Number one tip for painting wires in landscapes


Black and White

A very fascinating tip in art, that affects almost every observation in nature, is this:

When illustrating wires such as telephone wires, or high power lines, paint them as very light or white when they are in front of something, such as a bunch of trees, or buildings, and paint them as very dark, almost black, when they are in front of the sky.

Why? Well next time you are out and about, take a look and that is exactly what you will see, especially when the sunlight is on the same side of the wires you are on and not behind the wires. Observe how they go from near black in the sky to bright white across the trees.

If you observe very, very closely, you can see that the wires are both, white light from the sky hits the tops of the wire, and shadow caused by the wire on itself makes a black underside.  In the sky you only notice this black because the white blends with the sky colors, and in front of dark objects the black blends in and you only notice the white.  Paint it that way and your work improves because you are seeing better.

Now at sunrise or sunset, have you ever noticed how the orange is very bright on wires and lines?  That is because the light is sideways to the wire (and to you as well), and so much more light is being reflected back to your eyes that it glows.  Look carefully and you will see the wires turning several shades of orange as the wires swoop down and up. Often you can hardly see any shadow on the wire, or even highlight, just orange or yellow!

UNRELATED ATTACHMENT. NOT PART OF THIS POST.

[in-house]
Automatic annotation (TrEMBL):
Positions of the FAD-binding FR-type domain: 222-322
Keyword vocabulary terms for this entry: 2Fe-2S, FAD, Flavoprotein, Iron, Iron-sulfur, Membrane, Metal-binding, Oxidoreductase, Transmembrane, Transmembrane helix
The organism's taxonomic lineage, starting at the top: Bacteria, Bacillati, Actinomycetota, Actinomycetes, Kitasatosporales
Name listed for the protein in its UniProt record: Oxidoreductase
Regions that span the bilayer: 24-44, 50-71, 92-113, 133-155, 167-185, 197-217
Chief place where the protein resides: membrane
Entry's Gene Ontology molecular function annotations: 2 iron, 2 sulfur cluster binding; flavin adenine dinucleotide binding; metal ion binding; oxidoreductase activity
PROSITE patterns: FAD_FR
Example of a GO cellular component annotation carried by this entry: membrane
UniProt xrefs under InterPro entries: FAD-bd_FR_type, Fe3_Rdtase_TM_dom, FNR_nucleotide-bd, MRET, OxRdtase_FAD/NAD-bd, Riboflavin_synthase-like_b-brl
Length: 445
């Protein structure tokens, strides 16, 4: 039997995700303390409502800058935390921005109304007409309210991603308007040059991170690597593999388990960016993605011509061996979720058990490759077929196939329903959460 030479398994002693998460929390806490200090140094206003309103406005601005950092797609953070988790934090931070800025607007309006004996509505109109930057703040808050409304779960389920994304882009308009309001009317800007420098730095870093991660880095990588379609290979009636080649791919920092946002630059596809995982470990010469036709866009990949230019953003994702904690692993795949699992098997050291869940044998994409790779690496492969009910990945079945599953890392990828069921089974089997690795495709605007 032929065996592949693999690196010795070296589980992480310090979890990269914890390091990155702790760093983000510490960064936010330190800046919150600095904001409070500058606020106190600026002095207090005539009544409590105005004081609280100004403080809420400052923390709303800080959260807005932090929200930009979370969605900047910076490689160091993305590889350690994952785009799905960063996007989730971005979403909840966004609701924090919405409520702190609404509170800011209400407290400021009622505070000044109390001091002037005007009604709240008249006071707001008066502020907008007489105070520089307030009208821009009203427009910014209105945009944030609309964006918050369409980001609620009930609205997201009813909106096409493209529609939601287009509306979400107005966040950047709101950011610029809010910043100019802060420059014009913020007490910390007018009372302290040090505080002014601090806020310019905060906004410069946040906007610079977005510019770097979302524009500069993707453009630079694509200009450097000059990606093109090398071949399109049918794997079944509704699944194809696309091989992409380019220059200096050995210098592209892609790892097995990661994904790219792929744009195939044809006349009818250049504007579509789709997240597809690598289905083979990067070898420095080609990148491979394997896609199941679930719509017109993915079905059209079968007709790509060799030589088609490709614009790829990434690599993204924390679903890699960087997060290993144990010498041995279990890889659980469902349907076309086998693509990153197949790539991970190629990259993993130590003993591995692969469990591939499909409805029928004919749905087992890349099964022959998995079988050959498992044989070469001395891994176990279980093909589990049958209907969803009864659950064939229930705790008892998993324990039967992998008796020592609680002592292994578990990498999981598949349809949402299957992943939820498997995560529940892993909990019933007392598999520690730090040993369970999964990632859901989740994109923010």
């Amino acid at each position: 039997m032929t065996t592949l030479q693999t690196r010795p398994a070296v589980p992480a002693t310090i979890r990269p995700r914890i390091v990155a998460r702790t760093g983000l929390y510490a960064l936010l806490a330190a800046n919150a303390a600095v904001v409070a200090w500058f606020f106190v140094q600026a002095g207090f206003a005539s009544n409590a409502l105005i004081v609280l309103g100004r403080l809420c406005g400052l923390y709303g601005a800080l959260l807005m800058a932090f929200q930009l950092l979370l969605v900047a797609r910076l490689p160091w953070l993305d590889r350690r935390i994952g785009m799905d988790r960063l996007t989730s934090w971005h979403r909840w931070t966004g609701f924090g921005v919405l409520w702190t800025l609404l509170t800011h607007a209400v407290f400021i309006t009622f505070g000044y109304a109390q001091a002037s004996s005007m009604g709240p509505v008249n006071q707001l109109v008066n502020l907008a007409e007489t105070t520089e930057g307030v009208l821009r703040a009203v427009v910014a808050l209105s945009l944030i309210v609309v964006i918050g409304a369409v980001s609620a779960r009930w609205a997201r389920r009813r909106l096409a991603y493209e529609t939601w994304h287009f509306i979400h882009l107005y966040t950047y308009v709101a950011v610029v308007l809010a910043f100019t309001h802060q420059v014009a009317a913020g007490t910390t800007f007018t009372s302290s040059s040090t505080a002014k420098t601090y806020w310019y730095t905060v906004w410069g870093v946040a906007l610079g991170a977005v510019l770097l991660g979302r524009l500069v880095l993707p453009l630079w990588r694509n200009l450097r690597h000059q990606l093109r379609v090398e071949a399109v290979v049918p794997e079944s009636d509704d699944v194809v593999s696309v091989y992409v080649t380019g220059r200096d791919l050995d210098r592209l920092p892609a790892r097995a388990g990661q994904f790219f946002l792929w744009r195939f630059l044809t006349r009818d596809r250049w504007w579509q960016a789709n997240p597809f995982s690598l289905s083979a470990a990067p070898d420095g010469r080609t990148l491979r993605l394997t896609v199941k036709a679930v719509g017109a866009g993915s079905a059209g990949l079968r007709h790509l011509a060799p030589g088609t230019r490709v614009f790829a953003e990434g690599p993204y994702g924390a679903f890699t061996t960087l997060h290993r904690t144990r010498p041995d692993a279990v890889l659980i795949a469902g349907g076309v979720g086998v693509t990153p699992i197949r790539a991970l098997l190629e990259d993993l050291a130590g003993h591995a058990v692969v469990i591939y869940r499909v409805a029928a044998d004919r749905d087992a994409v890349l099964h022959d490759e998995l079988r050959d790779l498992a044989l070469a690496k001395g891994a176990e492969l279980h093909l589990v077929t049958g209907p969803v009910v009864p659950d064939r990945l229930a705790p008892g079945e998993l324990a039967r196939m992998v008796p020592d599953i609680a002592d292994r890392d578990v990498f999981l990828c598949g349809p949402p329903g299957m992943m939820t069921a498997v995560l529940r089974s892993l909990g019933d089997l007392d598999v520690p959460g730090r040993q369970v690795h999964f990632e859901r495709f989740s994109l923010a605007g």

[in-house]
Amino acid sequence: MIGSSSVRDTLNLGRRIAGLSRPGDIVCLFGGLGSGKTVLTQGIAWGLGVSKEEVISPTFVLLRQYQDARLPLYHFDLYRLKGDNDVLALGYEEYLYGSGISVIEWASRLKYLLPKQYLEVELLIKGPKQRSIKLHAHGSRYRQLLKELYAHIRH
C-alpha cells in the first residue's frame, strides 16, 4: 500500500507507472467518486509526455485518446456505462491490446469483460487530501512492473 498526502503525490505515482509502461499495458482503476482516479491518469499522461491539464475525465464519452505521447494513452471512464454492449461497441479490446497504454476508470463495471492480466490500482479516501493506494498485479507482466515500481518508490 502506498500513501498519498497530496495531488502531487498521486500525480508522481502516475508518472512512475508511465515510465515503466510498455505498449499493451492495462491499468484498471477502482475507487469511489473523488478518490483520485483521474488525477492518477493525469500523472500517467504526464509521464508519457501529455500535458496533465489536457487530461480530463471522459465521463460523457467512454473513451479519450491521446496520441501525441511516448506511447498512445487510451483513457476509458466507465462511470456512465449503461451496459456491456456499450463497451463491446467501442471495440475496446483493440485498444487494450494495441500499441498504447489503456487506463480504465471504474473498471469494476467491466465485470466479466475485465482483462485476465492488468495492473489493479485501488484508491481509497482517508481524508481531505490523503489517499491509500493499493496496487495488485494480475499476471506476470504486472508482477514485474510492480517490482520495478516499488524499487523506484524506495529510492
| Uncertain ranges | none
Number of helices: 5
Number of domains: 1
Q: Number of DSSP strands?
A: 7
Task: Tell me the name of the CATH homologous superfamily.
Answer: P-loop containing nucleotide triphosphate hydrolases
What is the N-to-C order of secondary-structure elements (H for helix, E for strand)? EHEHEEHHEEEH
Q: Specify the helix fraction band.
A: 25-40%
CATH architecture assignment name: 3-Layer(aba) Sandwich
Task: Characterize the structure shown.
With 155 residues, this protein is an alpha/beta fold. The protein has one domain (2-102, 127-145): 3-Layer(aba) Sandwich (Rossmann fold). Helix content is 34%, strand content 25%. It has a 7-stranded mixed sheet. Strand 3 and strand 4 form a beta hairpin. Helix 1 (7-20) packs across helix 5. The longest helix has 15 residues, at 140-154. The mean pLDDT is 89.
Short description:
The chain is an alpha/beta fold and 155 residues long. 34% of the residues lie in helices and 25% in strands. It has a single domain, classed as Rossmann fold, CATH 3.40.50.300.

Cylinder-like tree trunks, light poles, fence posts,etc. have a white line on both edges.  A large one on the sunny side, and a little one on the back. That is, because of the atmosphere, much of the natural light from the sun is bouncing off the air and lighting the back side of objects.  All objects have this effect, but the round or cylinders are the most noticeable because you can see around the corner (so to speak).

Grapes and oranges and pretty much all round things have lighted edges, even on the back shadow sides.  Sometimes it is so very faint, but it is there, as long as there is an atmosphere.  Sometimes in the very cold climes, this effect is very pronounced because the frozen crystals in the air bounce more light, but sometimes because the cold is so very cold, the moisture “freezes out,” making clean dry air, and the shadows are much more dramatically dark.

So to depict back light, always place a little light along the back dark edge.  I pay attention to the seasons and the time of day.  It is surprising how very different the same objects can bounce light with small changes, not to mention big ones.

jmc/emc

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